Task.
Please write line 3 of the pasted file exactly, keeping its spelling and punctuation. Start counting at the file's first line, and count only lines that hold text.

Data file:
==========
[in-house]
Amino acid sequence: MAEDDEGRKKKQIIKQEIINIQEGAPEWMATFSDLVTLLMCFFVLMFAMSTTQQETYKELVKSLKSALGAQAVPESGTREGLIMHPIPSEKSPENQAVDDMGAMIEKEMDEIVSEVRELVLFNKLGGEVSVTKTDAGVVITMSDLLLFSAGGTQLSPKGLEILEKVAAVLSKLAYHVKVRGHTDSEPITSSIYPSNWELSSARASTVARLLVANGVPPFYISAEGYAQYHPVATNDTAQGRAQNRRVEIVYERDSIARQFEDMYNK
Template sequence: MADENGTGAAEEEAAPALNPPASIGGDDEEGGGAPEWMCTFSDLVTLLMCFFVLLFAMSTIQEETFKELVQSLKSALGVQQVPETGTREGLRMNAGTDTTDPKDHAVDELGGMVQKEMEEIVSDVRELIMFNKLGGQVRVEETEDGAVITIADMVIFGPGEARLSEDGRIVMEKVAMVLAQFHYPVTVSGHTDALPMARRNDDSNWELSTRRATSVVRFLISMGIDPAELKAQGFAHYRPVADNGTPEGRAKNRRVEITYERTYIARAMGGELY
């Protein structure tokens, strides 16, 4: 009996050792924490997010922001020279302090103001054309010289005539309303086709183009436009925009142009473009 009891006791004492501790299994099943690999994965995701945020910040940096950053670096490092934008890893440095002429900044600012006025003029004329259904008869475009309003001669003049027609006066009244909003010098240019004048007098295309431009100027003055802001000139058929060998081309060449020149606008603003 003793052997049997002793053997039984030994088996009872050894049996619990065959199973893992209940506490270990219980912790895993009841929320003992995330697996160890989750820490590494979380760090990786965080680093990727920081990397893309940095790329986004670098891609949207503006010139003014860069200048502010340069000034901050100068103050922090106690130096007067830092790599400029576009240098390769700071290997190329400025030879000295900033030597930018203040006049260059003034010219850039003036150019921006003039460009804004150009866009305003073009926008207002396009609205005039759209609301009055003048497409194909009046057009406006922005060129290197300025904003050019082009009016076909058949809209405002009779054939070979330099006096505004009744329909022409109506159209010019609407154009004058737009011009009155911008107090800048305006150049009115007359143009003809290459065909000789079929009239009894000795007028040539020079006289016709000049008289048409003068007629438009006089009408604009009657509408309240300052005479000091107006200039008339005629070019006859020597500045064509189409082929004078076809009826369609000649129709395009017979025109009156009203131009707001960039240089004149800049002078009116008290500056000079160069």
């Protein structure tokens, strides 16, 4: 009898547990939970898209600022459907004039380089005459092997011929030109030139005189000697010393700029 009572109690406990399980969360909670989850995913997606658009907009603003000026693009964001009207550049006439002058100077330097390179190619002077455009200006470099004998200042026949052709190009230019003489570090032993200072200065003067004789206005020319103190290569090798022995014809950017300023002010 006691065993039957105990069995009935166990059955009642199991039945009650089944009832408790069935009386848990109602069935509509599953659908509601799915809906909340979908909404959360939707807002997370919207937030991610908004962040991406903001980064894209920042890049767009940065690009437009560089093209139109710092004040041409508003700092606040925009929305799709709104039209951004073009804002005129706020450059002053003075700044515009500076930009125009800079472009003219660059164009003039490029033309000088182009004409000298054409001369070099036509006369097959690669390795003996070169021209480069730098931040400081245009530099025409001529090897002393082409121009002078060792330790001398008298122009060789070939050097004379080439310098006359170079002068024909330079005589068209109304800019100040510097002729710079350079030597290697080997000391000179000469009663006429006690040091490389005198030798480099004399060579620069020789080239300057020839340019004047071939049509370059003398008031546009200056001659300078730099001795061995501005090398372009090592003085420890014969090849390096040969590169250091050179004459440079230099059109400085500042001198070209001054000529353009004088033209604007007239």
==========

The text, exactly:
Template sequence: MADENGTGAAEEEAAPALNPPASIGGDDEEGGGAPEWMCTFSDLVTLLMCFFVLLFAMSTIQEETFKELVQSLKSALGVQQVPETGTREGLRMNAGTDTTDPKDHAVDELGGMVQKEMEEIVSDVRELIMFNKLGGQVRVEETEDGAVITIADMVIFGPGEARLSEDGRIVMEKVAMVLAQFHYPVTVSGHTDALPMARRNDDSNWELSTRRATSVVRFLISMGIDPAELKAQGFAHYRPVADNGTPEGRAKNRRVEITYERTYIARAMGGELY